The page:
Previous observations of Liu et al. (13) showed that, when injected into mice, antigen-loaded tolerogenic cells first drive antigen-specific T cells into cell-cycle, and subsequently the T cells are inactivated. This finding prompted us to trace the fate of the deleterious autoreactive T cells in animals treated with inhibitory BCs. MBP-specific T cells are labelled ex vivo with CFSE and injected into syngeneic mice. Thereafter, the animals are injected i.v. with MBP-loaded BCs treated with MMC, and T cells are isolated and analyzed by FACS. The MBP-specific T cells showed a significant degree of proliferation (MBP-MMC-BC=25% vs. MBP-BC=22%). Evidently, in spite of initial stimulation, the T cells must have been subsequently inactivated because, as shown in the following in vivo experiment, they are not able to cause EAE. This finding is in line with the observation described by Liu et al. (13).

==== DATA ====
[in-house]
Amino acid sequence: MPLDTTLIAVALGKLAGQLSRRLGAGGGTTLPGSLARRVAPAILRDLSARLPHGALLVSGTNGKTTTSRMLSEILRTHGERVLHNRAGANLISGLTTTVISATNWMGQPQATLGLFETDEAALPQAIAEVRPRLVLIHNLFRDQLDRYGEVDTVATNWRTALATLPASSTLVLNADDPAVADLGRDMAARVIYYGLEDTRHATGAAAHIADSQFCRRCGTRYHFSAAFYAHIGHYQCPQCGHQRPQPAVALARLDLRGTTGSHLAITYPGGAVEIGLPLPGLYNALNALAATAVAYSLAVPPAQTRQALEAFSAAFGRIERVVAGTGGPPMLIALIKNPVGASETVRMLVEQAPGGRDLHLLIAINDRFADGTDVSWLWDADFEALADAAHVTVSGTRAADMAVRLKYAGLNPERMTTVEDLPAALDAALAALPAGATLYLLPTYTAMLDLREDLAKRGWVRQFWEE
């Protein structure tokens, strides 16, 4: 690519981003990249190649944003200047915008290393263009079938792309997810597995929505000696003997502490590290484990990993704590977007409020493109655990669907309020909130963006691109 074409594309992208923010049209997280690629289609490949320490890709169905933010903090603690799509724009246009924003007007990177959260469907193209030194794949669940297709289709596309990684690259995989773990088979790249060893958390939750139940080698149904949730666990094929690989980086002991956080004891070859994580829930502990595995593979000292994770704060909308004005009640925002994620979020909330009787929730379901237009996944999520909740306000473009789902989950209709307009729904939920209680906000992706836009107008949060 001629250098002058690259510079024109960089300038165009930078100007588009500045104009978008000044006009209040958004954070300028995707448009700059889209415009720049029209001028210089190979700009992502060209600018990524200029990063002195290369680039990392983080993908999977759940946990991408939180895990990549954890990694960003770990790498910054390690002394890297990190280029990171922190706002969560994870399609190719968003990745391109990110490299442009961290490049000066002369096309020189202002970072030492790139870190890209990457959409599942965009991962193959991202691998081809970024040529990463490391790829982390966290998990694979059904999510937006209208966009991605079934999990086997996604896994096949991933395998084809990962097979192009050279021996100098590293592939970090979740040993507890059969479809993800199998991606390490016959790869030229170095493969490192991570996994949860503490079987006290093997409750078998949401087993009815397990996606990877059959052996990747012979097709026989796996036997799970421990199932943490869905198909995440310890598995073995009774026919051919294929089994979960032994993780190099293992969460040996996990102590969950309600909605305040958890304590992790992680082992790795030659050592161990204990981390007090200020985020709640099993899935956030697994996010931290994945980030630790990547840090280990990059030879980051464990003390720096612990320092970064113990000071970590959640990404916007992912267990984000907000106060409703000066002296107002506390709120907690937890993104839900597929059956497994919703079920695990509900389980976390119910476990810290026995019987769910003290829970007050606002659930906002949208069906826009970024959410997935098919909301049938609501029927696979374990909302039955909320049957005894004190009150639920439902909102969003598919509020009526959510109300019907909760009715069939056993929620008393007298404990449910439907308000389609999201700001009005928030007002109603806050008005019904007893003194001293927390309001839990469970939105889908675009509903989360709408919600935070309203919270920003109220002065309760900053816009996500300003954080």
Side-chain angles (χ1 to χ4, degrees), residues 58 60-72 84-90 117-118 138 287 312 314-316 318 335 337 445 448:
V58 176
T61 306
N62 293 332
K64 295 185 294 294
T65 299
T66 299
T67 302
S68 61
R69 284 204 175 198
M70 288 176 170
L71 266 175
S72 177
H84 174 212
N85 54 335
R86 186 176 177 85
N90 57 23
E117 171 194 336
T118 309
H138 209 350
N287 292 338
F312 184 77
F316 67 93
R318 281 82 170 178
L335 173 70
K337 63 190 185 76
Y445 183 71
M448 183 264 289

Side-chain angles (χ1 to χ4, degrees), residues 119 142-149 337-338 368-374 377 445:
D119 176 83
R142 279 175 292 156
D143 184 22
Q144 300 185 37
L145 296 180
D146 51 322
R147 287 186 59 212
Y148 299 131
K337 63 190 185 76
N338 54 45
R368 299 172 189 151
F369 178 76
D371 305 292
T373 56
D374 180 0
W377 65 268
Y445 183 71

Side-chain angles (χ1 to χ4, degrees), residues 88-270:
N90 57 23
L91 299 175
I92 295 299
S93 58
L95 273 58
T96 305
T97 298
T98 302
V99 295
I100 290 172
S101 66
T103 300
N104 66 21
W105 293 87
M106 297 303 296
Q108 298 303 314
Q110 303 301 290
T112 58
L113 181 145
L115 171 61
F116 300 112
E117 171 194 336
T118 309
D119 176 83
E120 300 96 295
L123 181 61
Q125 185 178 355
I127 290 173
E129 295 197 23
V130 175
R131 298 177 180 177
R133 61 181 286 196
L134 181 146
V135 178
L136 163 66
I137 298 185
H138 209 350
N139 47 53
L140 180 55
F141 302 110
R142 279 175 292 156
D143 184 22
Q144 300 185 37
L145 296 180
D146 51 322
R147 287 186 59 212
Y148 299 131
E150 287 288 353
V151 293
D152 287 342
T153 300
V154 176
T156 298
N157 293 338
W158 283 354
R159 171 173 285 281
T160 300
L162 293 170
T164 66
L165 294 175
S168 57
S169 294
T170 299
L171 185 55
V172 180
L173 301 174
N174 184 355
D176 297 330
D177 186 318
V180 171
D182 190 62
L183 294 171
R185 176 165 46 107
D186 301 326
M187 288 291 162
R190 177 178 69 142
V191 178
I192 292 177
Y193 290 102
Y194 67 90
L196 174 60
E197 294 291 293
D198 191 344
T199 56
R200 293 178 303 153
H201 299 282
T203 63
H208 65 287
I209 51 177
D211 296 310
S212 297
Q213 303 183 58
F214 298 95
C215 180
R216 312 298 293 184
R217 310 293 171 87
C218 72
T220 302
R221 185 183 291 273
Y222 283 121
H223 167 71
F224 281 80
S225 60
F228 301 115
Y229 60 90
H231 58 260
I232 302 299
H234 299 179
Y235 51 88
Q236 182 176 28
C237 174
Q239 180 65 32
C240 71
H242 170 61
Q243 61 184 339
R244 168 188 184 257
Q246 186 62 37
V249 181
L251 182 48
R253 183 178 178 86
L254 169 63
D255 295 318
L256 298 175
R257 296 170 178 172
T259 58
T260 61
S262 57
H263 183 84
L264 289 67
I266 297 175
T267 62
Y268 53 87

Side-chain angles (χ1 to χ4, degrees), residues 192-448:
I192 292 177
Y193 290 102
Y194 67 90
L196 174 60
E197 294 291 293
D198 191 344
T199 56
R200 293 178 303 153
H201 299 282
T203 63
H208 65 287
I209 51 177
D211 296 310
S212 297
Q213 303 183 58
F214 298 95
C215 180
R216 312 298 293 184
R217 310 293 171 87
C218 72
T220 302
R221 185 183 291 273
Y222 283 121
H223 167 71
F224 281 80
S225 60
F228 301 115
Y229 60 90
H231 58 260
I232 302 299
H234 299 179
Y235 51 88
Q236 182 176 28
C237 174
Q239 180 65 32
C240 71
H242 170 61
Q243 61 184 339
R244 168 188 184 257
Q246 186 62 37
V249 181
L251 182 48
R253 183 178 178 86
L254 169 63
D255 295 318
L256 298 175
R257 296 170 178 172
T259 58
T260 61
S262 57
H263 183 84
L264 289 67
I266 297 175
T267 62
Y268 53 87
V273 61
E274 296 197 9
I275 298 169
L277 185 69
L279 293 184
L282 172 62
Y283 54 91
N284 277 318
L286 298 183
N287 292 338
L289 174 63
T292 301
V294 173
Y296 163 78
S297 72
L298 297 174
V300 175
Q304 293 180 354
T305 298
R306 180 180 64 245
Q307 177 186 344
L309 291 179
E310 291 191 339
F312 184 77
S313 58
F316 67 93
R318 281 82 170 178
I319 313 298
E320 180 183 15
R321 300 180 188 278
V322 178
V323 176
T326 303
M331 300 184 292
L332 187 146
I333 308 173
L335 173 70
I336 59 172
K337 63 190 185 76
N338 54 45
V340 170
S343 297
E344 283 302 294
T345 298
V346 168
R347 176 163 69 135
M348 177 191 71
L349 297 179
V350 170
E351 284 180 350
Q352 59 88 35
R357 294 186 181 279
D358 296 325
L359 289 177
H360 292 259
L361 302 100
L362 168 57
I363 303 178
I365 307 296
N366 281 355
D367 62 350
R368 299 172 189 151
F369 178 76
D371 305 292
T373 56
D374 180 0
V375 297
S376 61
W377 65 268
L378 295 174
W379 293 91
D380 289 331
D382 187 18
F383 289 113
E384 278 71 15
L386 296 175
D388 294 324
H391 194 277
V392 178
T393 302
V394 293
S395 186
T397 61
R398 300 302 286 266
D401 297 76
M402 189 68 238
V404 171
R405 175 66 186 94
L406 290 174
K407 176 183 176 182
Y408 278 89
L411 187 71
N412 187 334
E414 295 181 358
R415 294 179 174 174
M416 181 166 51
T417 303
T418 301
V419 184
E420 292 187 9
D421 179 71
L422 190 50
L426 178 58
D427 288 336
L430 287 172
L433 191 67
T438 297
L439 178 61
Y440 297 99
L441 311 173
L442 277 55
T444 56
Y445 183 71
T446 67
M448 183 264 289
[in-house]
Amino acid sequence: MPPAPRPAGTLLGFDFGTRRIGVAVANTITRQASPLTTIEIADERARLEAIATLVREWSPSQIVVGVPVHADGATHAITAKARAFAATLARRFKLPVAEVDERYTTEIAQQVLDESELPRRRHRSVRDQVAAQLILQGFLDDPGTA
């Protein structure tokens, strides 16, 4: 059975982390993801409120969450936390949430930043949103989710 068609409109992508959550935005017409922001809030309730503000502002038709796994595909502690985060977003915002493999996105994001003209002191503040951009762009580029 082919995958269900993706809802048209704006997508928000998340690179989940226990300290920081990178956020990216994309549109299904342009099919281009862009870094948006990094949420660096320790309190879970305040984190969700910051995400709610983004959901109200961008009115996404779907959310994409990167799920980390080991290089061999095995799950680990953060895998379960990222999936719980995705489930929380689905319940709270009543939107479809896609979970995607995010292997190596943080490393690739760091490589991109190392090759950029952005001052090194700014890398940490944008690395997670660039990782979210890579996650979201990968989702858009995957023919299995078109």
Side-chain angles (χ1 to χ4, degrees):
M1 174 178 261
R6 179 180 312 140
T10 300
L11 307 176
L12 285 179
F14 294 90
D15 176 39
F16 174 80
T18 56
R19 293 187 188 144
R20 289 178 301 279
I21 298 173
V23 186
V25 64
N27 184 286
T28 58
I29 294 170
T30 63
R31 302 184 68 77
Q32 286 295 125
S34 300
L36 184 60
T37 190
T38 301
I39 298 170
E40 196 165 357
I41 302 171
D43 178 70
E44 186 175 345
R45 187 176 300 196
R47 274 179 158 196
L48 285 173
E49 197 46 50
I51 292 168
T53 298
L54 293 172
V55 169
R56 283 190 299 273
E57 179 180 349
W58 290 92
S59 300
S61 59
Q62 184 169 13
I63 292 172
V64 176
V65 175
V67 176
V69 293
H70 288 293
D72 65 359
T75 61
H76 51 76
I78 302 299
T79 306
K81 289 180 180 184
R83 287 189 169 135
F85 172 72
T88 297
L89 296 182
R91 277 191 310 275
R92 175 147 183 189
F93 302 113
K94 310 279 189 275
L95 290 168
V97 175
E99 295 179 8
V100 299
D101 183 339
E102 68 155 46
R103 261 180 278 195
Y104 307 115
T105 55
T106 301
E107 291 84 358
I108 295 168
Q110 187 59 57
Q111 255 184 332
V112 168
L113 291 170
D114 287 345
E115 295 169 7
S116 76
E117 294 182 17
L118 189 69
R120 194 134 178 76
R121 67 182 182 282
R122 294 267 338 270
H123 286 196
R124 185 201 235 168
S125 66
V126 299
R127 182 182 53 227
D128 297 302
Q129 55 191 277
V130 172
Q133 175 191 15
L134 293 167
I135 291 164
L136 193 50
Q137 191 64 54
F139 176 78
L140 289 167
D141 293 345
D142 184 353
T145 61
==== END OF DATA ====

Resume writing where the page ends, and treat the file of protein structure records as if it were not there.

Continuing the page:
(g) Vaccination with Myelin-Basic-Protein-Loaded MMC-BCs Protects Mice from Experimental Autoimmune Encephalitis
 MBP-loaded untreated BCs are injected into animals and, as expected, severe EAE occurs within 2-3 weeks (FIG. 5A). If MBP-loaded BCs are pretreated with MMC and then injected, however, the animals remain completely free of symptoms, showing that MBP-specific T cells are not activated. An interesting question is whether the symptom-free animals became resistant to EAE. To this end, treated animals are re-challenged with MBP-BCs. One must keep in mind that the transgenic Tg4 mice used in our study carry >90% MBP-specific T cells, in contrast to only <0.0001% in normal rodents (9, 22). We suspect that it might be difficult to inactivate such a large number of T cells with one injection only. In a subsequent experiment, therefore, the animals are treated 5× with MBP-MMC-BCs and then re-challenged (FIG. 6A). As shown in FIG. 6B, this time the result is positive: whereas controls, which had not been vaccinated with MBP-MMC-BCs, developed severe EAE with lethal outcome, pre-vaccinated mice recovered after a mild episode of disease.